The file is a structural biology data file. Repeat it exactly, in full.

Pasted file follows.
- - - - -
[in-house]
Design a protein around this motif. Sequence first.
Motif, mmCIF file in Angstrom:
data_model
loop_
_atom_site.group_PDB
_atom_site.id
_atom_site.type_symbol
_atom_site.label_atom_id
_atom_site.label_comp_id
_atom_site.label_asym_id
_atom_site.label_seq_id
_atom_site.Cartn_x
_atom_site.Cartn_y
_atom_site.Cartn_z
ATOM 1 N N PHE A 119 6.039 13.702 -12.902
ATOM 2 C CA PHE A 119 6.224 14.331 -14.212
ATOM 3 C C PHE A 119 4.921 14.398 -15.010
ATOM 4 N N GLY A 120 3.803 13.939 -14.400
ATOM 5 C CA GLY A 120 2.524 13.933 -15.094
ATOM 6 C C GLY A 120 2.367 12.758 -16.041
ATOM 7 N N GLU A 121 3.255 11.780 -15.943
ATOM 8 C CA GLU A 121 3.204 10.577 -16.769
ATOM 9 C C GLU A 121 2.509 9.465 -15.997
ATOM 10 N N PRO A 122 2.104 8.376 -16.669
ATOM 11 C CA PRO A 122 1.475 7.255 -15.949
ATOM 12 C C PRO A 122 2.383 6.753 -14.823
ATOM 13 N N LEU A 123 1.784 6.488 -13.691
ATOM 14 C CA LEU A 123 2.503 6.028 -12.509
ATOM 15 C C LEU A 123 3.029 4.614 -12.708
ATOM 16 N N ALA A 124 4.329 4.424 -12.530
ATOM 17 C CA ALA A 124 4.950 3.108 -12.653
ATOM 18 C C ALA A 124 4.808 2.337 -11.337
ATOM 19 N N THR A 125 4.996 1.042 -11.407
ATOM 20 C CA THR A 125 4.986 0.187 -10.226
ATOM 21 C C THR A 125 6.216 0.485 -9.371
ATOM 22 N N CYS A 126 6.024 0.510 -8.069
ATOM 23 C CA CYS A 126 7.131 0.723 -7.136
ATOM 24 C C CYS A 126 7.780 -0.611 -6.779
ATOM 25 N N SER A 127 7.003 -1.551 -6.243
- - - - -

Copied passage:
[in-house]
Design a protein around this motif. Sequence first.
Motif, mmCIF file in Angstrom:
data_model
loop_
_atom_site.group_PDB
_atom_site.id
_atom_site.type_symbol
_atom_site.label_atom_id
_atom_site.label_comp_id
_atom_site.label_asym_id
_atom_site.label_seq_id
_atom_site.Cartn_x
_atom_site.Cartn_y
_atom_site.Cartn_z
ATOM 1 N N PHE A 119 6.039 13.702 -12.902
ATOM 2 C CA PHE A 119 6.224 14.331 -14.212
ATOM 3 C C PHE A 119 4.921 14.398 -15.010
ATOM 4 N N GLY A 120 3.803 13.939 -14.400
ATOM 5 C CA GLY A 120 2.524 13.933 -15.094
ATOM 6 C C GLY A 120 2.367 12.758 -16.041
ATOM 7 N N GLU A 121 3.255 11.780 -15.943
ATOM 8 C CA GLU A 121 3.204 10.577 -16.769
ATOM 9 C C GLU A 121 2.509 9.465 -15.997
ATOM 10 N N PRO A 122 2.104 8.376 -16.669
ATOM 11 C CA PRO A 122 1.475 7.255 -15.949
ATOM 12 C C PRO A 122 2.383 6.753 -14.823
ATOM 13 N N LEU A 123 1.784 6.488 -13.691
ATOM 14 C CA LEU A 123 2.503 6.028 -12.509
ATOM 15 C C LEU A 123 3.029 4.614 -12.708
ATOM 16 N N ALA A 124 4.329 4.424 -12.530
ATOM 17 C CA ALA A 124 4.950 3.108 -12.653
ATOM 18 C C ALA A 124 4.808 2.337 -11.337
ATOM 19 N N THR A 125 4.996 1.042 -11.407
ATOM 20 C CA THR A 125 4.986 0.187 -10.226
ATOM 21 C C THR A 125 6.216 0.485 -9.371
ATOM 22 N N CYS A 126 6.024 0.510 -8.069
ATOM 23 C CA CYS A 126 7.131 0.723 -7.136
ATOM 24 C C CYS A 126 7.780 -0.611 -6.779
ATOM 25 N N SER A 127 7.003 -1.551 -6.243